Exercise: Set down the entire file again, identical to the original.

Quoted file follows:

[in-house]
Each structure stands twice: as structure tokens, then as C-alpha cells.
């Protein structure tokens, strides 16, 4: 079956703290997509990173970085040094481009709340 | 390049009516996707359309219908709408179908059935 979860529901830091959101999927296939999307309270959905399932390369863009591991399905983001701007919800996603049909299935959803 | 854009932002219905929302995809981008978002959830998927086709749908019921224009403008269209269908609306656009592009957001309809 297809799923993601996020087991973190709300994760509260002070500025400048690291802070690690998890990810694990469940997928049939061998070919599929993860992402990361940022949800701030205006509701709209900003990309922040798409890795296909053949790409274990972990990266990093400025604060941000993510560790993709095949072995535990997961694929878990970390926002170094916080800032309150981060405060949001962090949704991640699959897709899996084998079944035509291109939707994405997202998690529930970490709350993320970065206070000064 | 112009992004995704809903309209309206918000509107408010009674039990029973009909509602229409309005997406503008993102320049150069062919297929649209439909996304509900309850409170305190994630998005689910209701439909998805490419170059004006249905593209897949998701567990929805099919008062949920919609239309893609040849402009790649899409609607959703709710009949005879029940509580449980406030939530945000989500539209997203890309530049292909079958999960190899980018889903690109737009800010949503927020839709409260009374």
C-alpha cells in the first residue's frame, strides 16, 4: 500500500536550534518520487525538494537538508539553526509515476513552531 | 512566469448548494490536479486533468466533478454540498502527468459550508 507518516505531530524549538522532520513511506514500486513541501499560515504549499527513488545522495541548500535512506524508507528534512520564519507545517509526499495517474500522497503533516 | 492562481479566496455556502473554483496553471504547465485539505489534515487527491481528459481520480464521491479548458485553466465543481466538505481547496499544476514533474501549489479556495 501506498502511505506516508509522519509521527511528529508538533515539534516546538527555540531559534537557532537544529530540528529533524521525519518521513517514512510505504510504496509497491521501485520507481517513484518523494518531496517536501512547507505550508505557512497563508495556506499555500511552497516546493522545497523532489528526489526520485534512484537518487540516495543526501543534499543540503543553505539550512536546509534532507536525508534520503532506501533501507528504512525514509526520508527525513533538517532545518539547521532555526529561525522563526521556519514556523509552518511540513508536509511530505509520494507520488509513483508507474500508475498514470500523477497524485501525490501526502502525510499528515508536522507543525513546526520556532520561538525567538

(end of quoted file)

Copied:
[in-house]
Each structure stands twice: as structure tokens, then as C-alpha cells.
């Protein structure tokens, strides 16, 4: 079956703290997509990173970085040094481009709340 | 390049009516996707359309219908709408179908059935 979860529901830091959101999927296939999307309270959905399932390369863009591991399905983001701007919800996603049909299935959803 | 854009932002219905929302995809981008978002959830998927086709749908019921224009403008269209269908609306656009592009957001309809 297809799923993601996020087991973190709300994760509260002070500025400048690291802070690690998890990810694990469940997928049939061998070919599929993860992402990361940022949800701030205006509701709209900003990309922040798409890795296909053949790409274990972990990266990093400025604060941000993510560790993709095949072995535990997961694929878990970390926002170094916080800032309150981060405060949001962090949704991640699959897709899996084998079944035509291109939707994405997202998690529930970490709350993320970065206070000064 | 112009992004995704809903309209309206918000509107408010009674039990029973009909509602229409309005997406503008993102320049150069062919297929649209439909996304509900309850409170305190994630998005689910209701439909998805490419170059004006249905593209897949998701567990929805099919008062949920919609239309893609040849402009790649899409609607959703709710009949005879029940509580449980406030939530945000989500539209997203890309530049292909079958999960190899980018889903690109737009800010949503927020839709409260009374």
C-alpha cells in the first residue's frame, strides 16, 4: 500500500536550534518520487525538494537538508539553526509515476513552531 | 512566469448548494490536479486533468466533478454540498502527468459550508 507518516505531530524549538522532520513511506514500486513541501499560515504549499527513488545522495541548500535512506524508507528534512520564519507545517509526499495517474500522497503533516 | 492562481479566496455556502473554483496553471504547465485539505489534515487527491481528459481520480464521491479548458485553466465543481466538505481547496499544476514533474501549489479556495 501506498502511505506516508509522519509521527511528529508538533515539534516546538527555540531559534537557532537544529530540528529533524521525519518521513517514512510505504510504496509497491521501485520507481517513484518523494518531496517536501512547507505550508505557512497563508495556506499555500511552497516546493522545497523532489528526489526520485534512484537518487540516495543526501543534499543540503543553505539550512536546509534532507536525508534520503532506501533501507528504512525514509526520508527525513533538517532545518539547521532555526529561525522563526521556519514556523509552518511540513508536509511530505509520494507520488509513483508507474500508475498514470500523477497524485501525490501526502502525510499528515508536522507543525513546526520556532520561538525567538